Every Wal-Mart manager is warned by the company not to “Threaten, Interrogate Promise, Spy” on their workers. Wal-Mart calls this their TIPS on unionization. But union officials say that Wal-Mart routinely uses threats and intimidation to scare workers away from voting in a union. Yesterday, the National Labor Relations Board ordered a hearing into complaints that Wal-Mart intimidated and bullied workers at a store in Loveland, Colorado, scaring workers into voting against union representation. Workers at the Loveland Tire & Lube Express section of Wal-Mart voted 17-1 on Februrary 25 to reject the union. But the United Food and Commercial Workers has asked the NLRB to void the results. The UFCW says no union member was allowed to observe the election and that Wal-Mart added employees to the unit to dilute the strength of the union supporters. Wal-Mart warns its managers to watch out for “salts” — union plants in the workforce — but in this case, the union is charging that Wal-Mart “salted” its own workforce with anti-union plants. The NLRB has scheduled a hearing for March 25th, according to the Associated Press. “After a preliminary investigation I have concluded that the (union’s) objections raise substantial and material issues of fact, including credibility resolutions, which can best be resolved at a hearing,” the NLRB said.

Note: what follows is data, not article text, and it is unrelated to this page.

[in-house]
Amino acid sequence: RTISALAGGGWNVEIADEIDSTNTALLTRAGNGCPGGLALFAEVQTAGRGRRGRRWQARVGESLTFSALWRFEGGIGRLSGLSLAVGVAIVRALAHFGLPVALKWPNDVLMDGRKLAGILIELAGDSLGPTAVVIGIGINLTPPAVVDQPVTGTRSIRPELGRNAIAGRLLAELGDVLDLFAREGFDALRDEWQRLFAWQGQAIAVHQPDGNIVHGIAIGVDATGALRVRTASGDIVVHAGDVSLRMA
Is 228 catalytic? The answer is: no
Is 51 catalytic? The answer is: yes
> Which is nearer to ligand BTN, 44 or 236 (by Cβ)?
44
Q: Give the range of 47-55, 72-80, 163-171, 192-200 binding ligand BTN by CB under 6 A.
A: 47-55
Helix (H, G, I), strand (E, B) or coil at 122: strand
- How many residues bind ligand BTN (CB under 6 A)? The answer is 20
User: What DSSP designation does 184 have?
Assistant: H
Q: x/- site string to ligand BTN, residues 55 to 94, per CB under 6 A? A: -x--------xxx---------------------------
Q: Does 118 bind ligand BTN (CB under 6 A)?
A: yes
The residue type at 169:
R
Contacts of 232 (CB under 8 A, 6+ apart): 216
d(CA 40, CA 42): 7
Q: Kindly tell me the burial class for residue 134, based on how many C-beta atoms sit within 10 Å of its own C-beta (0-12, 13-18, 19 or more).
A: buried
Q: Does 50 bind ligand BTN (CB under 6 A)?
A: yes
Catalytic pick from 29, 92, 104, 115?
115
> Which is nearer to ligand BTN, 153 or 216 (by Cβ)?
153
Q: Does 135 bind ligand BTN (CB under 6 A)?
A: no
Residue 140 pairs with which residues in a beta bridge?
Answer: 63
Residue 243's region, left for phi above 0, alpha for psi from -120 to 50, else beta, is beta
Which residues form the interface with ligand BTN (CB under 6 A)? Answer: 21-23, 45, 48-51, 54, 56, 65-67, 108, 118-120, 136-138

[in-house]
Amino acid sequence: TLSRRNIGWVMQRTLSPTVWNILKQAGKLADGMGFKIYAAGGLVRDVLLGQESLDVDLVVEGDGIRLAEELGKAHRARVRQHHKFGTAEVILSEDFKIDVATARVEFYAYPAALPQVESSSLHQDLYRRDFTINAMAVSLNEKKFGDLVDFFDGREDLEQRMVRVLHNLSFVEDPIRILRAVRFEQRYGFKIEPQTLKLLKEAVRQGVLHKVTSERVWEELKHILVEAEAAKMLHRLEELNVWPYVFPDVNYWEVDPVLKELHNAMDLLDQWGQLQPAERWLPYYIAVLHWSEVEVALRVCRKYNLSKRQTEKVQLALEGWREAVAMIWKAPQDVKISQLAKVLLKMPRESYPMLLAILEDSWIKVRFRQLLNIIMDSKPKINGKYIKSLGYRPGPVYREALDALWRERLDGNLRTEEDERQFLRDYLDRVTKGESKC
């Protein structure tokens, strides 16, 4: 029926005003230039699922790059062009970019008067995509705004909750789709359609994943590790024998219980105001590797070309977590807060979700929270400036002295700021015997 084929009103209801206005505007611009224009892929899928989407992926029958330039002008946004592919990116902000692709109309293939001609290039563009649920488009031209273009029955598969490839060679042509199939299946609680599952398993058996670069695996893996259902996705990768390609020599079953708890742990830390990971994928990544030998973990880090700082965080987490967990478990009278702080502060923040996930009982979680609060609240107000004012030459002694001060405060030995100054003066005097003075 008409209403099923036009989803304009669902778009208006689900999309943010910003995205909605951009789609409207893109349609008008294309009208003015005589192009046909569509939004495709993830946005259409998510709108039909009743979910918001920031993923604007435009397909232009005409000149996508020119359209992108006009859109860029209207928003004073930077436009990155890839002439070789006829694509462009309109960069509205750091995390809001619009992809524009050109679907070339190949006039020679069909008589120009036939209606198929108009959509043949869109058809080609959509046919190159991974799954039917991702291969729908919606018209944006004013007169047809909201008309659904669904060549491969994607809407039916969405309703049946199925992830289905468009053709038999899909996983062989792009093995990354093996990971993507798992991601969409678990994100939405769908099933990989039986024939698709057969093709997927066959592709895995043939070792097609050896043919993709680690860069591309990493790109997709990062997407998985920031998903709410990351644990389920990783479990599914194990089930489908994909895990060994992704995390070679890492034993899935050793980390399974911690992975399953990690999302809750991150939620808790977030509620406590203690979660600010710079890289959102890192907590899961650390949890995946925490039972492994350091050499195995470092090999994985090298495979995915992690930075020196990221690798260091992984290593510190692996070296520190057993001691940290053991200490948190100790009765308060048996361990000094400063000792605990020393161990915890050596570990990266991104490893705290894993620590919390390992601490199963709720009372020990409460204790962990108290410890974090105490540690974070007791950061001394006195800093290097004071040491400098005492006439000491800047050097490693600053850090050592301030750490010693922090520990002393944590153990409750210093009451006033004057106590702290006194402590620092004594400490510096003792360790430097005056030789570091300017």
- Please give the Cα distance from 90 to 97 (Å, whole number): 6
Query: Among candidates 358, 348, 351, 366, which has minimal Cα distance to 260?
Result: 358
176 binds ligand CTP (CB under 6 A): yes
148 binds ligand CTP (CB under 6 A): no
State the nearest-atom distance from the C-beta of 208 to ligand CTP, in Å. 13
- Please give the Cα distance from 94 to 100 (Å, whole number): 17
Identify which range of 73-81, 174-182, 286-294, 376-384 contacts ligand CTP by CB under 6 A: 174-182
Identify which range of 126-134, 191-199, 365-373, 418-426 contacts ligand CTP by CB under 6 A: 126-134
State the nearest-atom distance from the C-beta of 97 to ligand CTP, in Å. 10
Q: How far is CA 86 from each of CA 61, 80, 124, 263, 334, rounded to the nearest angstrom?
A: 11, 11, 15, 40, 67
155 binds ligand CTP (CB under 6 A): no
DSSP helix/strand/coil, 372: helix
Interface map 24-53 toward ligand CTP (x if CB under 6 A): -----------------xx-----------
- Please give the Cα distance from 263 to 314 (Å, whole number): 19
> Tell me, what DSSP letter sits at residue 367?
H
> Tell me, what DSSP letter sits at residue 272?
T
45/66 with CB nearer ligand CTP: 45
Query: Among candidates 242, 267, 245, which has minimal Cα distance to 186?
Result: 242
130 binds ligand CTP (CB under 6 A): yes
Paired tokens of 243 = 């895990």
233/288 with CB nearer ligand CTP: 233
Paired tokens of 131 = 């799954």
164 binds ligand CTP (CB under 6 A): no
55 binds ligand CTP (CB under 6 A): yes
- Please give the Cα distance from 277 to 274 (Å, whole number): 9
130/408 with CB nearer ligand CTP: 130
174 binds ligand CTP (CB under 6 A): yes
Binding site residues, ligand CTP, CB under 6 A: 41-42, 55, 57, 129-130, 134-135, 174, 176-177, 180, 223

Similar charges are currently pending in several unionization votes in Canada. At least two stores in Quebec have voted recently to unionize (Wal-Mart closed down one), and one store in Ontario rejected the union. In all votes so far, the union has charged that Wal-Mart engaged in unfair labor practices. For earlier stores, search Newsflash by “unions.”